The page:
City Manager Finalist Interview: John Gabor
Troy City Council and city administrators interviewed Marine City Manager John Gabor Wednesday afternoon.
Gabor is one of five candidates for the position of Troy City Manager, which has been held by Interim City Manager Michael Culpepper following the departure of City Manager John Szerlag earlier this year. The other four candidates are: Jim Creech, Oakland Township Manager; Brian Kischnick, Tittabawassee Township Manager; Mark Miller, Troy Director of Economic and Community Development; and Vincent Pastue, Farmington City Manager.
5 questions for John Gabor
Troy City Council members and Interim City Manager Mike Culpepper took turns asking questions for nearly 90 minutes Monday morning. Here are five questions and their answers from Gabor.
Q: Mayor Janice Daniels asked: Provide example of a complex financial project for which you’re responsible and explain your role.
A: “In the auto industry, there were very complex problems. I have been in Marine City about two years, and we run a water and sewer processing plant – two different plants. ... What happened is that of six former employees, four of them had the ability to retire, and they decided to retire. One employee was pretty close to retirement and one had about a year to go. So there was this group that was getting ready to leave. So I went out and advertised to see what we got to replace the outgoing group. ... I got eight or ten applicants, none of which had the right licensing ... so I brought the union in ... and said, I need some help, but I didn’t get anything out of it. So I did a five-year look at partnering with an engineering firm to take over both plants. ... Over a five-year period ... it was a little over $700,000 in reduced operating costs.”
Q: Councilman Dave Henderson asked: If the public has a damaged view of city government, how do you fix it?
A:“When I got to Marine City, everything was by FOIA. They had nothing online. They didn’t provide that information to different groups. ... I’ve learned transparency. ... I said everything we can put up there, we’re going to put up there. ... It toned down the ‘you’re hiding this.’ ... There was a lot of turmoil over whether they fixed (City Hall) that really undermined a lot of the City Council there to the point where they had a couple of recalls.”
Q: Mayor Pro Tem Maureen McGinnis asked: Was there a situation where City Council was ever wrong, and what did you do about it?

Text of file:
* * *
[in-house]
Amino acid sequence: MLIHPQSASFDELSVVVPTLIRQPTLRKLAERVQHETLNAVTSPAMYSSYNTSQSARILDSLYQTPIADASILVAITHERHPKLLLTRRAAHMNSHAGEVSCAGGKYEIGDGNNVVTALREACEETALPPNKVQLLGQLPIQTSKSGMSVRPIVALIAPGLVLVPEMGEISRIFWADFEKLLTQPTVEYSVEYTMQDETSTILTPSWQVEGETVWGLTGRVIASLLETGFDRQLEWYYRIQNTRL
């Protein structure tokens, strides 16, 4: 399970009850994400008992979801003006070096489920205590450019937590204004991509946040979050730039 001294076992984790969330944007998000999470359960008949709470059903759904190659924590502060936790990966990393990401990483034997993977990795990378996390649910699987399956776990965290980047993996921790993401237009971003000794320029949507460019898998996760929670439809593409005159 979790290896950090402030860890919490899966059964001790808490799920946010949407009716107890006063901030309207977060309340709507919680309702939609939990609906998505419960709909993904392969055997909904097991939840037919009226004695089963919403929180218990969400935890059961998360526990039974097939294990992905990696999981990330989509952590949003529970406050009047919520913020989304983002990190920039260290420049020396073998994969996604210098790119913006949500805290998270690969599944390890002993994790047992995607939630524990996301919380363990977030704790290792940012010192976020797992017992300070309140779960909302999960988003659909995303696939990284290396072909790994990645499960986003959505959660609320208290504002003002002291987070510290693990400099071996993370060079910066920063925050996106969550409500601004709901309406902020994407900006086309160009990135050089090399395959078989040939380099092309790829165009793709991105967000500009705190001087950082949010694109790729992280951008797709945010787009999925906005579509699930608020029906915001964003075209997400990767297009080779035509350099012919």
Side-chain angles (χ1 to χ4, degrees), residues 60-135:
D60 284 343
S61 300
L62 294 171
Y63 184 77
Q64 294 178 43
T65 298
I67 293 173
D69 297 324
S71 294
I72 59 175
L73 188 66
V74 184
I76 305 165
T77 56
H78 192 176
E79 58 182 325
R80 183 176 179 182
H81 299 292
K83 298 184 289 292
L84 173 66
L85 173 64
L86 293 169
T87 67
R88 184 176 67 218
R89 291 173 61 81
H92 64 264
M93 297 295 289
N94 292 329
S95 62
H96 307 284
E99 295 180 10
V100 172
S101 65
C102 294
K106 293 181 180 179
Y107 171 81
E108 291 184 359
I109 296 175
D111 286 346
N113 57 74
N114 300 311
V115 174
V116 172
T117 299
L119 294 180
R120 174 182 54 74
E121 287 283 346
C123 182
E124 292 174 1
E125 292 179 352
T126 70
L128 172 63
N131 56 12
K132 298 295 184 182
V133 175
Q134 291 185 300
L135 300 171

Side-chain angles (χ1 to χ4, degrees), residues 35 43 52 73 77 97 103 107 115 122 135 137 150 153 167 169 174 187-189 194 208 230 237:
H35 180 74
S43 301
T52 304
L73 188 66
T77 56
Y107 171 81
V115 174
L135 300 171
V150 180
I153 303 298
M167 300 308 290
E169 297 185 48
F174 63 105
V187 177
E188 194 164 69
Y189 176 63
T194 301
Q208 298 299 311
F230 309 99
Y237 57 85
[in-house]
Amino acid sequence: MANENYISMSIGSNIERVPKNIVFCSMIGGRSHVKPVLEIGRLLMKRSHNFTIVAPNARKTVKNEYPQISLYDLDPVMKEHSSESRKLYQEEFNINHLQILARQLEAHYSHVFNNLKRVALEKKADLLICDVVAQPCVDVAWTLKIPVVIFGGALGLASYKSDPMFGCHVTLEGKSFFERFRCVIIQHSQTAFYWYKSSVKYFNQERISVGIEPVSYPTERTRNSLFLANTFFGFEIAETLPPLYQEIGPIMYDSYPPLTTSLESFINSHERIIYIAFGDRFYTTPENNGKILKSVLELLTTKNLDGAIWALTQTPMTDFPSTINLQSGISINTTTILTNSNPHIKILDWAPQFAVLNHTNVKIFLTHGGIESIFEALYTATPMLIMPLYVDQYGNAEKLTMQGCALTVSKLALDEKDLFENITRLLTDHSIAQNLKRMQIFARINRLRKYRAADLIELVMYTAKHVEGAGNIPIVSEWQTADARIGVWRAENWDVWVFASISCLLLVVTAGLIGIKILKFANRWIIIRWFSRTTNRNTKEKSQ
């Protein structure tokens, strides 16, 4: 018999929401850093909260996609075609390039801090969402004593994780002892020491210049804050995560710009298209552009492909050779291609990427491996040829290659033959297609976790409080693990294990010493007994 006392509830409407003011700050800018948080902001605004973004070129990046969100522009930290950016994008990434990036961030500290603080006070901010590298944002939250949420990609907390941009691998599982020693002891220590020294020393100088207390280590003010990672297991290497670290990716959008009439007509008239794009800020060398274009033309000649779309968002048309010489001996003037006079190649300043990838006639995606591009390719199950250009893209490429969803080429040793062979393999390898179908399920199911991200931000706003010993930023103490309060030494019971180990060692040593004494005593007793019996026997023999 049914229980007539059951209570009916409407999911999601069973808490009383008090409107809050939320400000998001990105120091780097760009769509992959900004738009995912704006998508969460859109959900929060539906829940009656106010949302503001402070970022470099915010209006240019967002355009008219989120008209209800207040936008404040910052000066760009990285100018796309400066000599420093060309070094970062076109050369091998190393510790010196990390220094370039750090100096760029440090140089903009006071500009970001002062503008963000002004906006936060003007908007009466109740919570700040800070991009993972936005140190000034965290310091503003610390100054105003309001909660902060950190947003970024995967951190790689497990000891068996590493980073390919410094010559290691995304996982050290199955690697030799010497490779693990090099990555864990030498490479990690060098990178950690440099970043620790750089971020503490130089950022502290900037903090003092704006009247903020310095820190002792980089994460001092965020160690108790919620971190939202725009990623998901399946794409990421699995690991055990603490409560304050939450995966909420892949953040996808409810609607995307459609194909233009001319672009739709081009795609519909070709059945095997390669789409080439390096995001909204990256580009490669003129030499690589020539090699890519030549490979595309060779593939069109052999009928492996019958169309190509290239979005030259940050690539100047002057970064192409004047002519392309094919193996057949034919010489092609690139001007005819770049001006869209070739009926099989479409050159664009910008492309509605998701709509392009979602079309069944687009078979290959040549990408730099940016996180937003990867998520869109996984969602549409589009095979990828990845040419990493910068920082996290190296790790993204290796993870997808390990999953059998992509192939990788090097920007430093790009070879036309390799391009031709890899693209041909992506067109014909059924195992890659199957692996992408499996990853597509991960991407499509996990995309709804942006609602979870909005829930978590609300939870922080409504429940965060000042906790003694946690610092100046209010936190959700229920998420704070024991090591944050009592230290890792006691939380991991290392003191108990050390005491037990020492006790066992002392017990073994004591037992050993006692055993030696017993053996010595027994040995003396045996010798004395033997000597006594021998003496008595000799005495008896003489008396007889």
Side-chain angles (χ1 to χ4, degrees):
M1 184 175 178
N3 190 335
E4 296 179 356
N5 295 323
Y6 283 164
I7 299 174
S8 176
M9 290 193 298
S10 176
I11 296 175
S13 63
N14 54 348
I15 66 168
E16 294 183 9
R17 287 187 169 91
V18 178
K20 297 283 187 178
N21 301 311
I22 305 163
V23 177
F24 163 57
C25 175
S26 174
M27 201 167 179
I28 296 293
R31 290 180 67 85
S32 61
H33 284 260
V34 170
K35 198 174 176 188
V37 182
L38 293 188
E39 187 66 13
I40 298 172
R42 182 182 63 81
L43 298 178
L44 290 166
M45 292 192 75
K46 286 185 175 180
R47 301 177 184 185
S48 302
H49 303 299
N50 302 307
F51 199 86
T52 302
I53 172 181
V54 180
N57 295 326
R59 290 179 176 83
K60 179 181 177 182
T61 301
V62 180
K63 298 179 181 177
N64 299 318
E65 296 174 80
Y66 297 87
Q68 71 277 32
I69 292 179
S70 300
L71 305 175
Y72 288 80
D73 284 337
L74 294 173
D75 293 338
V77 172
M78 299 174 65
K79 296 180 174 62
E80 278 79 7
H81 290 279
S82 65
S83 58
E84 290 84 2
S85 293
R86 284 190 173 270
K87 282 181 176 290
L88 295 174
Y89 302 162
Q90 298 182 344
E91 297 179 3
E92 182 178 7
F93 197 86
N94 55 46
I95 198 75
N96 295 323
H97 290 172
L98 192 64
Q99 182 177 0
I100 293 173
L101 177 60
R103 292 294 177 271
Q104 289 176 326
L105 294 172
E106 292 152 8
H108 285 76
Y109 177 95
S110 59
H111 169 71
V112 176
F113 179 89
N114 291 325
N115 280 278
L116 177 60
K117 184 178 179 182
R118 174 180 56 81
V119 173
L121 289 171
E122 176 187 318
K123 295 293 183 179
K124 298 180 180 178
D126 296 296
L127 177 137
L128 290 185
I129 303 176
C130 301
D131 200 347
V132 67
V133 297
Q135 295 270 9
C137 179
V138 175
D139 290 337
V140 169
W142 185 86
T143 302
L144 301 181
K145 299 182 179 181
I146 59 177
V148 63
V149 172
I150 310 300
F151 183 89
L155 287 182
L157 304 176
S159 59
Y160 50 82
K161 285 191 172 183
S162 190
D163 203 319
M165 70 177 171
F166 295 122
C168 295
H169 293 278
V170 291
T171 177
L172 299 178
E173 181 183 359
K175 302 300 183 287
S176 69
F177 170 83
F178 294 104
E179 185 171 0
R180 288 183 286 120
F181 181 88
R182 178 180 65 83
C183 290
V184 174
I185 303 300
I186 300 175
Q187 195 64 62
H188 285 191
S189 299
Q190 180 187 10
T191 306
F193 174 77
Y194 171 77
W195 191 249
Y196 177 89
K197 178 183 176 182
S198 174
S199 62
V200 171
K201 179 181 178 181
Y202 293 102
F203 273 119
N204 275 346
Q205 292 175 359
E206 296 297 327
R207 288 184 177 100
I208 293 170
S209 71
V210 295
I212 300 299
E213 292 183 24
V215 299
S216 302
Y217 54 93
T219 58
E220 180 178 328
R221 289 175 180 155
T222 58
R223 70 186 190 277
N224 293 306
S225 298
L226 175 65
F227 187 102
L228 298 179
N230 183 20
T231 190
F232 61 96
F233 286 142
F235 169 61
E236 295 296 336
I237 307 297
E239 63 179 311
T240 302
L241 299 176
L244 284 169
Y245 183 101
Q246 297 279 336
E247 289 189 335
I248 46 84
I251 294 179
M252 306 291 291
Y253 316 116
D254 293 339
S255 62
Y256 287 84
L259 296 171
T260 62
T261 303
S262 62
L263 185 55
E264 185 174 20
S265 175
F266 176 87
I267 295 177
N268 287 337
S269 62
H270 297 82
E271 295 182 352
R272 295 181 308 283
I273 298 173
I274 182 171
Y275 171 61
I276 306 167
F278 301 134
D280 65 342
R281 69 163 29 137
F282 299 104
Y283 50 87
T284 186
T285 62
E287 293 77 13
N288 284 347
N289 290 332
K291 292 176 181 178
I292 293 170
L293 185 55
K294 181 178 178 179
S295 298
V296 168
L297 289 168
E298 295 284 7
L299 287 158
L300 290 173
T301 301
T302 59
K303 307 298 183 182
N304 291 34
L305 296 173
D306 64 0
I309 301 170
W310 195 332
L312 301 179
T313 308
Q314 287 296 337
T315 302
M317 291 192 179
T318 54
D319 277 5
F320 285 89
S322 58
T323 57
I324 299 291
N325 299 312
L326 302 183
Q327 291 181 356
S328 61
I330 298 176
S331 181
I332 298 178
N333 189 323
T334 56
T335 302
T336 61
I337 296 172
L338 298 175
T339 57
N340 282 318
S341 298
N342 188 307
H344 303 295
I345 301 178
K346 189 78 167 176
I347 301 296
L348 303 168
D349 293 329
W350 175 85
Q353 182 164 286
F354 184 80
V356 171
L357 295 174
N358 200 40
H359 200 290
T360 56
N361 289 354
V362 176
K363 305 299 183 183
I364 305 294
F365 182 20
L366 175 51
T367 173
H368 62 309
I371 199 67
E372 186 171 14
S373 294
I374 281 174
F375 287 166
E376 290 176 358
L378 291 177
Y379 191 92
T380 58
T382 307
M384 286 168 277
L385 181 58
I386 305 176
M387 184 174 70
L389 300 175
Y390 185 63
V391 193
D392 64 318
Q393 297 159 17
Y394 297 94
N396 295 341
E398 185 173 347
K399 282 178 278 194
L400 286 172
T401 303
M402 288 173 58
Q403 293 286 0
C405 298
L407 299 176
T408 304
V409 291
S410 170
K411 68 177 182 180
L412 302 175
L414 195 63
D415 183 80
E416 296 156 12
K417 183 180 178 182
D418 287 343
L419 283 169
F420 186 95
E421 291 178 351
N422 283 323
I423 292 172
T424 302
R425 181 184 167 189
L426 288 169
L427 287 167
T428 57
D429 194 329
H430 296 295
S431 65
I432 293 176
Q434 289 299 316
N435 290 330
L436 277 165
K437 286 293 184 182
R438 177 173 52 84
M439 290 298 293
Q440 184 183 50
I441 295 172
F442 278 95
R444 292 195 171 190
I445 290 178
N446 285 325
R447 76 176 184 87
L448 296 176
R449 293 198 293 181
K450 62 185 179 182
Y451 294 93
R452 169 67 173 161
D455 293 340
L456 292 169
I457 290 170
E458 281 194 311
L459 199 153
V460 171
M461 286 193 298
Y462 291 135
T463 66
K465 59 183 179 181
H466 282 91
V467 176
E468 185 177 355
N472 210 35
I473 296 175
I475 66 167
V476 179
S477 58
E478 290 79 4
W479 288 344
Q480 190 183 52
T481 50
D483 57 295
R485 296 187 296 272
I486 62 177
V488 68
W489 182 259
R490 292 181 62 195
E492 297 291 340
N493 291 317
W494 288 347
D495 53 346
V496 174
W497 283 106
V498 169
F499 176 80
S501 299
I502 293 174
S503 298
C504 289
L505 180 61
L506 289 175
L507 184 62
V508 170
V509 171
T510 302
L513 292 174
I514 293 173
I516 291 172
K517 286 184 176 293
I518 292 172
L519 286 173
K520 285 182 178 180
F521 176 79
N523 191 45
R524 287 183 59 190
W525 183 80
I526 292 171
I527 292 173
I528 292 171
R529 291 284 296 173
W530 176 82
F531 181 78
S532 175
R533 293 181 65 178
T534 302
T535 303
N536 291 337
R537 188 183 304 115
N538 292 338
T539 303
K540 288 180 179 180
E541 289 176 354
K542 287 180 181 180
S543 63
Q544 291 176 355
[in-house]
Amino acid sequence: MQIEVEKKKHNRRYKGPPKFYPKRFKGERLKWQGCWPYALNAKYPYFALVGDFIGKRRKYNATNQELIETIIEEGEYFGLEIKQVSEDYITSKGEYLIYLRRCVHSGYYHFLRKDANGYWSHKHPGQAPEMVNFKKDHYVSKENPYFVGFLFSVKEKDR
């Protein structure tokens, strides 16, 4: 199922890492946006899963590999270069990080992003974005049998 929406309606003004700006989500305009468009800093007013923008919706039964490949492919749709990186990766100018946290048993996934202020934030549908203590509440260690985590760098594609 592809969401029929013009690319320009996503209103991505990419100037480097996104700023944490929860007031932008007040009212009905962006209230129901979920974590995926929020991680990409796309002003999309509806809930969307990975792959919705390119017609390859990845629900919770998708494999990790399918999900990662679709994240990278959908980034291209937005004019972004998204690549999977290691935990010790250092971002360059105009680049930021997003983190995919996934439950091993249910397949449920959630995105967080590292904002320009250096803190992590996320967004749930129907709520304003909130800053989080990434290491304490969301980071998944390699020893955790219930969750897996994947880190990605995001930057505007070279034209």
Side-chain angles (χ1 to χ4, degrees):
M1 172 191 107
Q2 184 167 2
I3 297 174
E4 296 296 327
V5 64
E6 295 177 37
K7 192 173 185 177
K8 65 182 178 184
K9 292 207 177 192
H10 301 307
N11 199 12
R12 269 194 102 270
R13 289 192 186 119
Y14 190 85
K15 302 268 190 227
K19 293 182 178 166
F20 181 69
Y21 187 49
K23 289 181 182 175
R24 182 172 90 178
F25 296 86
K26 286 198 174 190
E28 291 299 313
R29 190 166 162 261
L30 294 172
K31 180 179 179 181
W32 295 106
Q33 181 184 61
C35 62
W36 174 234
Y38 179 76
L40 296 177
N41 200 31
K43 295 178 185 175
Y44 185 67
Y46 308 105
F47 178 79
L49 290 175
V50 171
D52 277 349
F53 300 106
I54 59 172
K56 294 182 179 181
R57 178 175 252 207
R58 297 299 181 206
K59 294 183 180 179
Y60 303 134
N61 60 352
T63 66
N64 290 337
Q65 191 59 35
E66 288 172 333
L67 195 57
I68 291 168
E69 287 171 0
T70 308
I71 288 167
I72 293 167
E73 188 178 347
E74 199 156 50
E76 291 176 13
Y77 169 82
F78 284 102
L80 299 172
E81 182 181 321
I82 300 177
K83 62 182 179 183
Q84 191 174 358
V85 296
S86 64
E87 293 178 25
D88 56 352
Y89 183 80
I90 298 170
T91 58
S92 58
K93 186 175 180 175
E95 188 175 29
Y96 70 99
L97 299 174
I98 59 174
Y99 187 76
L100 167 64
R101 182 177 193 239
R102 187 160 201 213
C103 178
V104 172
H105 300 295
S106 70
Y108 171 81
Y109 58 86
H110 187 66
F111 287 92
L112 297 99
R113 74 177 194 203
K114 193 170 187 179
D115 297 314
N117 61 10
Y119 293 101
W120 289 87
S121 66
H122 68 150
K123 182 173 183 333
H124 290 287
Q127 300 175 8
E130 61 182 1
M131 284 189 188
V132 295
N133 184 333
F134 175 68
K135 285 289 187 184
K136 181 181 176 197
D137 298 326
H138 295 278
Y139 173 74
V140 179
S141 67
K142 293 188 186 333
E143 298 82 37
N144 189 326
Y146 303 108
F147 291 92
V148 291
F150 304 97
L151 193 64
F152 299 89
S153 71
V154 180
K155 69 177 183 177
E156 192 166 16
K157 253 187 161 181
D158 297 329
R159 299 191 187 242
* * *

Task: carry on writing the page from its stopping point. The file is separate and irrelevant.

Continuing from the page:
A: "There was some controversy in Marine City about whether City Hall should have been redone and how we were going to cope with that. Everyone said there’s grants available and you just need to go out and find them. ... I said there aren’t. ... I said you are in competition with many items around the United States. And my office and myself got a little negative play off that because they thought I was against fixing the building, and that wasn’t true. ... I was against the methodology they wanted to use to fix it. ... Sometimes you’re the voice of reality ... and commissions don’t want to hear that.”
Q: Councilman Doug Tietz asked: Imagine that City Council is severly split among every issue, and the situation worsens. You can’t get anything accomplished. How would you handle the situation, and what is your methodology?
A: “Is there a council that’s not split on issues? I guess what happens, is that my approach has always been, is it in the best interest in the city of Troy? ... If it is, then you need to sit down with individuals and say, forget about whatever it is that’s driving the split – it may not be in the best interest of the city. ... I’ll work with the individuals even before we get to the meetings and say, here’s all the information and here’s why we should do this because it’s the right thing to do in our city. Now, that may or may not change their mind. … I guess we deal with it at the board meeting. ... Our common goal is to do what’s right for the city of Troy. If you always come back to that, it’s easier to compromise and make a decision.”
Q: What most interests you about Troy?
A: “It’s diversity and the way it’s developed over the years. As a poster city across the nation, that’s something to be proud of. Even the poster is struggling with revenue. How can I go in there and help them improve? You just seem to have everything going for you, so we need to just rebuild the areas that are weak now and improve other areas and adapt them to whatever residents are looking for.”
City Manager finalist interview schedule
Five interviews are scheduled for Wednesday and Thursday. The interviews are televised live on the government channel WTRY (Channel 10 for WOW customers and Channel 17 for Comcast customers) and streamed commercial-free on the city's website. Here is the schedule:
Wednesday, August 29
- 9-11 a.m.: James Creech
- 1-3 p.m.: Vincent Pastue
- 3:30-5:30 p.m.: John Gabor
Thursday, August 30
- 9-11 a.m.: Brian Kischnick
- 11:30 a.m.-1:30 p.m.: Mark Miller
- 3 p.m.: City Council Deliberations followed by Public Comment
More candidate information is available on the City of Troy website.